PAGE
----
Performing women: hard road to the big time

Lisa Summers | For The Sun

This year the Sonoma International Film Festival will show two feature length documentaries – “Circus Dreams” and “The Girls in the Band” – that focus on the passionate dedication of some extremely talented performers and the respective sacrifices they made to follow their dreams.

These films are unique in that they not offer insight into the many hurdles female artists have faced throughout the years, but the inherent gender bias against, say, a female clown or a big band saxophone player in the 1950’s.

The films are upbeat and deliver an empowering message to aspiring young performers, especially women, working hard just to get a foot in the door.

“Circus Dreams” follows the personal journeys of a group of teens, ages 12 through 18, as they compete for a chance to perform with the prestigious traveling youth circus Circus Smirkus. During their intense three-week rehearsal period in Vermont, seasoned circus performers from Ringling Brothers, Big Apple Circus and Cirque Du Soleil coach the kids in acrobatics, magic and clowning.

The filmmakers enter the lives of the kids – their individual dedication and hard work, their friendships and even a few budding romances. But director Signe Taylor is never intrusive; she maintains a respectful distance from the personal struggles and setback of the kids and chooses to focus instead on their artistic visions and what is wonderful and good about teenagers.

While it is impossible not to be charmed by all the kids, aspiring clowns Joy Powers and Maddy Hall, best friends and clown partners, steal the show while adding yet another layer to the documentary. Both young women are set on proving to their fellow performers, instructors and audience members that “girls can be funny too.” Anyone who remembers the late shock columnist Christopher Hitchen’s ludicrous proclamation that women are genetically unfunny will experience the triumph of these two hilarious physical comediennes. Powers and Hall are living proof that comedy is gender blind.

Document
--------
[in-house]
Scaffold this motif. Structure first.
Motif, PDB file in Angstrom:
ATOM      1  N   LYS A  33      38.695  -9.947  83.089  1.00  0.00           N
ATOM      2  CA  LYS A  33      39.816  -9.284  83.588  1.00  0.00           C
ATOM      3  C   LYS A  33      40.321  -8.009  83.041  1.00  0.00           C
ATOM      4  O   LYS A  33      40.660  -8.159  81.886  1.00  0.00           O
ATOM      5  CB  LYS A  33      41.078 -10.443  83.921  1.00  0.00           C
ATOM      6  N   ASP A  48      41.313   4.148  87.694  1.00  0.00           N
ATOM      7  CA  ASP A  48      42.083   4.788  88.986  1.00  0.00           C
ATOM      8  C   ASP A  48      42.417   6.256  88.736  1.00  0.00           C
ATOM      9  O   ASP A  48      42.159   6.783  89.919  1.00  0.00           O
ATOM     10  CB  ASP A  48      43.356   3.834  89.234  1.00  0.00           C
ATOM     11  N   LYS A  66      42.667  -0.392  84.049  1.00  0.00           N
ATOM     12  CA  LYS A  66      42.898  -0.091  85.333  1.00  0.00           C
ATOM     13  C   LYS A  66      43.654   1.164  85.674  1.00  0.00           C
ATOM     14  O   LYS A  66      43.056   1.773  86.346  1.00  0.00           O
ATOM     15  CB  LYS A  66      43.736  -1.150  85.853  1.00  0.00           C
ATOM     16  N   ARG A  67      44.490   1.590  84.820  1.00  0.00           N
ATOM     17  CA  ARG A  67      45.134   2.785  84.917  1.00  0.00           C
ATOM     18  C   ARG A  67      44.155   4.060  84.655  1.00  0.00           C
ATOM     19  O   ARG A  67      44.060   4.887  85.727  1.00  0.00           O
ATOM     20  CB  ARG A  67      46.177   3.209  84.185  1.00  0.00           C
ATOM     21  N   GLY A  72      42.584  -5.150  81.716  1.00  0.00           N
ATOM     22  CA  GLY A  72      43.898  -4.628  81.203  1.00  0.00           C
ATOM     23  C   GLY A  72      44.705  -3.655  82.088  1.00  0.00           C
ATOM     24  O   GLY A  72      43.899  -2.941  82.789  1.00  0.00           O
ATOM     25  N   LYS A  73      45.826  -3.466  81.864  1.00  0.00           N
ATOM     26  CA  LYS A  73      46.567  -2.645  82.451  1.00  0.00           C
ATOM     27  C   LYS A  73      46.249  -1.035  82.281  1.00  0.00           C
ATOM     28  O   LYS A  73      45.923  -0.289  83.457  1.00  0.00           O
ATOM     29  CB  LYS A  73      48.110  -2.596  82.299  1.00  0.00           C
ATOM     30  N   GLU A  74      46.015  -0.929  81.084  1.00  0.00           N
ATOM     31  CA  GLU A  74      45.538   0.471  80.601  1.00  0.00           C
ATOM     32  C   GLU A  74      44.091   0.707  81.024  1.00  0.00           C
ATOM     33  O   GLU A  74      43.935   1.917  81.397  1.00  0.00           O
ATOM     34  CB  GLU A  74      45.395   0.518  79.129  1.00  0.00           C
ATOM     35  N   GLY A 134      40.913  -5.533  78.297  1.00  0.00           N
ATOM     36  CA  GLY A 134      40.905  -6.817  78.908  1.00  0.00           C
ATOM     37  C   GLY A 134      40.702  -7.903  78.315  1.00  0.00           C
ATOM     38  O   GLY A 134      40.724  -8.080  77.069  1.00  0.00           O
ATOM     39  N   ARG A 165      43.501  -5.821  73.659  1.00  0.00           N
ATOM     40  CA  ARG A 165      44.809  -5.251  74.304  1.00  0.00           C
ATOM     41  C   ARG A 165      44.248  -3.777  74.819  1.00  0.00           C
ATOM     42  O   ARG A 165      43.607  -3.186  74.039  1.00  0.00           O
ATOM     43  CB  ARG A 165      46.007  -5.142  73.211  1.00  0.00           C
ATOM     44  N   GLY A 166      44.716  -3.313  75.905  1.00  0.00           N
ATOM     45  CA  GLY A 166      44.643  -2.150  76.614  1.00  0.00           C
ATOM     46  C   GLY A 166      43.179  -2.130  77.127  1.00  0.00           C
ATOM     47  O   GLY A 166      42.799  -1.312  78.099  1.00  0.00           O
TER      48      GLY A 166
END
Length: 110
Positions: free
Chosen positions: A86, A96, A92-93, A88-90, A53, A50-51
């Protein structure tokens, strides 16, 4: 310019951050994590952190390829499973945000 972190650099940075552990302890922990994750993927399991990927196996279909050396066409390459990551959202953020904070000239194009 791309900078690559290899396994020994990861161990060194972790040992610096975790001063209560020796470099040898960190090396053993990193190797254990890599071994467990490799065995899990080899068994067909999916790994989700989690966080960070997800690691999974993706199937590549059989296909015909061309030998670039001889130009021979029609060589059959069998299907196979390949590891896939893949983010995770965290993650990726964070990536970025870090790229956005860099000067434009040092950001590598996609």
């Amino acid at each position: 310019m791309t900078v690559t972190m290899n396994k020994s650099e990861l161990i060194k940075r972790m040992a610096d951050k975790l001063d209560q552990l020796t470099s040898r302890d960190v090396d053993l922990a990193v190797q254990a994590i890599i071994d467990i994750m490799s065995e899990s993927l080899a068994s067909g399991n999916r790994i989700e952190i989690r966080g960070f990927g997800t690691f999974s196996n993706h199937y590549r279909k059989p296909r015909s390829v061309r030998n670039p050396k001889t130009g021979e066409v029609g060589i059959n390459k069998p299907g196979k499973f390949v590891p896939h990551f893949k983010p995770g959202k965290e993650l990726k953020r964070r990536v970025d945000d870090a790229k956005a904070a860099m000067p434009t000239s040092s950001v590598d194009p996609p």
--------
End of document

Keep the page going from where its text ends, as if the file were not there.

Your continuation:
As a special treat for festival-goers “Circus Dreams” will bring a few fearless performers for an aerial demonstration at the Sebastiani Theater prior to the film’s screening. The film is appropriate for all ages.

“The Girls in the Band” documentary has won audience awards at several film festivals, and for good reason. The film opens up the repressed and censored history of the collective contribution of women to jazz over the course of nearly one hundred years.

Director Judy Chaiken begins with the famous 1958 photo “A Great Day,” taken in Harlem. The photo brings together dozens of the leading jazz musicians of the day, all of them male with the exception of two women who, for reasons the film explores, have remained largely unacknowledged. Throughout the documentary, via interviews with musicians, jazz scholars and historians, Chaiken establishes the real misrepresentation of how many women actually made up the intricate tapestry of the American jazz scene at the time the photo was taken.

“The Girls in the Band” looks at the early decades of big-band and swing, a time during which female musicians were treated as novelties, wore ridiculous, revealing costumes and were expected to project the image of a sex symbol even while blowing a horn. Archival footage celebrates the unsung talents of these women, many of them still alive such as drummer Viola Smith, saxophonists Roz Cron and Peggy Gilbert and trumpeter Billie Rogers. Also noted is the pivotal role of Woody Herman, a uniquely progressive bandleader who was proactive in opening doors to women in jazz.

The film explores the history of all-girl bands such as Ina Ray Hutton and Her Melodears, the Fayettes, and the International Sweethears of Rhythm and the legacy of musical genius Mary Lou Williams. That these bands were multi-racial presented an entirely new set of obstacles, especially in the Jim Crow South where many of the bands toured.

Ultimately, however the women of “The Girls in the Band” are irreducible to gender or race.

With that said, “Circus Dreams” and “The Girls in the Band” are bittersweet reminders of how far women have come and the challenges they faced in carving out a path for future generations of artists. Both films manage to provide an upbeat and optimistic prognosis for women in the performing arts and the power of art to break down barriers, as well as the passion, dedication and talent required to make it in a band or under the big top.


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